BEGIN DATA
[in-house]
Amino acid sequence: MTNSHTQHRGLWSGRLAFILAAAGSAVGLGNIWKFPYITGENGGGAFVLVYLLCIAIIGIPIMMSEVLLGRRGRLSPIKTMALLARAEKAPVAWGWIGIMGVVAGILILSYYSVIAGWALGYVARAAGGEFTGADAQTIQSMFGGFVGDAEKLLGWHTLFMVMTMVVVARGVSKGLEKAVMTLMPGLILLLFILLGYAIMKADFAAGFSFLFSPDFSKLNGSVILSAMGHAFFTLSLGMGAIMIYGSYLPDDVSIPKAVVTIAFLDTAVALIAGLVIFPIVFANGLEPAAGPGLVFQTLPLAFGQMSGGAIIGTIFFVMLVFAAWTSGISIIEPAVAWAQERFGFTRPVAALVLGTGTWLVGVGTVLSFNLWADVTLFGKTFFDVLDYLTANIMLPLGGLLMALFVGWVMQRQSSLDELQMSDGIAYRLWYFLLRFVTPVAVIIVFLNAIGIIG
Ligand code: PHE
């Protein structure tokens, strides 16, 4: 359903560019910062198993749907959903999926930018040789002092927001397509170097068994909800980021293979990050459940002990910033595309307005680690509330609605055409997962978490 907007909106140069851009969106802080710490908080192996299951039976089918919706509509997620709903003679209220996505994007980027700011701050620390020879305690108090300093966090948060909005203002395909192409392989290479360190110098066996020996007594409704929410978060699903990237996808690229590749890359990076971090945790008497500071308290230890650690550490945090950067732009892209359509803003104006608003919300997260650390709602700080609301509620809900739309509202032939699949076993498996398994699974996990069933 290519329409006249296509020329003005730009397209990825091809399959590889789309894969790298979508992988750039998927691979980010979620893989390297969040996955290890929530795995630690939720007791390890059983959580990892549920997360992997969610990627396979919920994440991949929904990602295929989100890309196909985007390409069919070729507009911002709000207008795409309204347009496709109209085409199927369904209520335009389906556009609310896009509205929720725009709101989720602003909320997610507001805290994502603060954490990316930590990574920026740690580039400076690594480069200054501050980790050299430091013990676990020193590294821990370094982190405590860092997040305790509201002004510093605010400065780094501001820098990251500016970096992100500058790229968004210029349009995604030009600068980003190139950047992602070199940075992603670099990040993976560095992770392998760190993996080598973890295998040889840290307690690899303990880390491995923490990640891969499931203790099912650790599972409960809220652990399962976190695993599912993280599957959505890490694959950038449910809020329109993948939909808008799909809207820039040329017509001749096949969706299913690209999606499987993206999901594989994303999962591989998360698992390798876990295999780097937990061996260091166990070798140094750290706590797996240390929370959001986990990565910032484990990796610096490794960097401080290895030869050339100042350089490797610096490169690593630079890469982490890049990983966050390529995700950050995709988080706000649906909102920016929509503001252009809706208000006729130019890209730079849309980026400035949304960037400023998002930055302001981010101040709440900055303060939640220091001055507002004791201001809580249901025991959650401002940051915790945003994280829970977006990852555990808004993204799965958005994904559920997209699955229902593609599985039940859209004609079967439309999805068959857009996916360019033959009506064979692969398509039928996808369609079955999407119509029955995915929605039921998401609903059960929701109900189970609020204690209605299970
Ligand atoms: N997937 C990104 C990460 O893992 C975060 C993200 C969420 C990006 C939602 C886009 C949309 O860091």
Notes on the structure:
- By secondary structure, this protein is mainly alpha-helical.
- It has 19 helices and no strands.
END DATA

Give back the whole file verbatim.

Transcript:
[in-house]
Amino acid sequence: MTNSHTQHRGLWSGRLAFILAAAGSAVGLGNIWKFPYITGENGGGAFVLVYLLCIAIIGIPIMMSEVLLGRRGRLSPIKTMALLARAEKAPVAWGWIGIMGVVAGILILSYYSVIAGWALGYVARAAGGEFTGADAQTIQSMFGGFVGDAEKLLGWHTLFMVMTMVVVARGVSKGLEKAVMTLMPGLILLLFILLGYAIMKADFAAGFSFLFSPDFSKLNGSVILSAMGHAFFTLSLGMGAIMIYGSYLPDDVSIPKAVVTIAFLDTAVALIAGLVIFPIVFANGLEPAAGPGLVFQTLPLAFGQMSGGAIIGTIFFVMLVFAAWTSGISIIEPAVAWAQERFGFTRPVAALVLGTGTWLVGVGTVLSFNLWADVTLFGKTFFDVLDYLTANIMLPLGGLLMALFVGWVMQRQSSLDELQMSDGIAYRLWYFLLRFVTPVAVIIVFLNAIGIIG
Ligand code: PHE
């Protein structure tokens, strides 16, 4: 359903560019910062198993749907959903999926930018040789002092927001397509170097068994909800980021293979990050459940002990910033595309307005680690509330609605055409997962978490 907007909106140069851009969106802080710490908080192996299951039976089918919706509509997620709903003679209220996505994007980027700011701050620390020879305690108090300093966090948060909005203002395909192409392989290479360190110098066996020996007594409704929410978060699903990237996808690229590749890359990076971090945790008497500071308290230890650690550490945090950067732009892209359509803003104006608003919300997260650390709602700080609301509620809900739309509202032939699949076993498996398994699974996990069933 290519329409006249296509020329003005730009397209990825091809399959590889789309894969790298979508992988750039998927691979980010979620893989390297969040996955290890929530795995630690939720007791390890059983959580990892549920997360992997969610990627396979919920994440991949929904990602295929989100890309196909985007390409069919070729507009911002709000207008795409309204347009496709109209085409199927369904209520335009389906556009609310896009509205929720725009709101989720602003909320997610507001805290994502603060954490990316930590990574920026740690580039400076690594480069200054501050980790050299430091013990676990020193590294821990370094982190405590860092997040305790509201002004510093605010400065780094501001820098990251500016970096992100500058790229968004210029349009995604030009600068980003190139950047992602070199940075992603670099990040993976560095992770392998760190993996080598973890295998040889840290307690690899303990880390491995923490990640891969499931203790099912650790599972409960809220652990399962976190695993599912993280599957959505890490694959950038449910809020329109993948939909808008799909809207820039040329017509001749096949969706299913690209999606499987993206999901594989994303999962591989998360698992390798876990295999780097937990061996260091166990070798140094750290706590797996240390929370959001986990990565910032484990990796610096490794960097401080290895030869050339100042350089490797610096490169690593630079890469982490890049990983966050390529995700950050995709988080706000649906909102920016929509503001252009809706208000006729130019890209730079849309980026400035949304960037400023998002930055302001981010101040709440900055303060939640220091001055507002004791201001809580249901025991959650401002940051915790945003994280829970977006990852555990808004993204799965958005994904559920997209699955229902593609599985039940859209004609079967439309999805068959857009996916360019033959009506064979692969398509039928996808369609079955999407119509029955995915929605039921998401609903059960929701109900189970609020204690209605299970
Ligand atoms: N997937 C990104 C990460 O893992 C975060 C993200 C969420 C990006 C939602 C886009 C949309 O860091």
Notes on the structure:
- By secondary structure, this protein is mainly alpha-helical.
- It has 19 helices and no strands.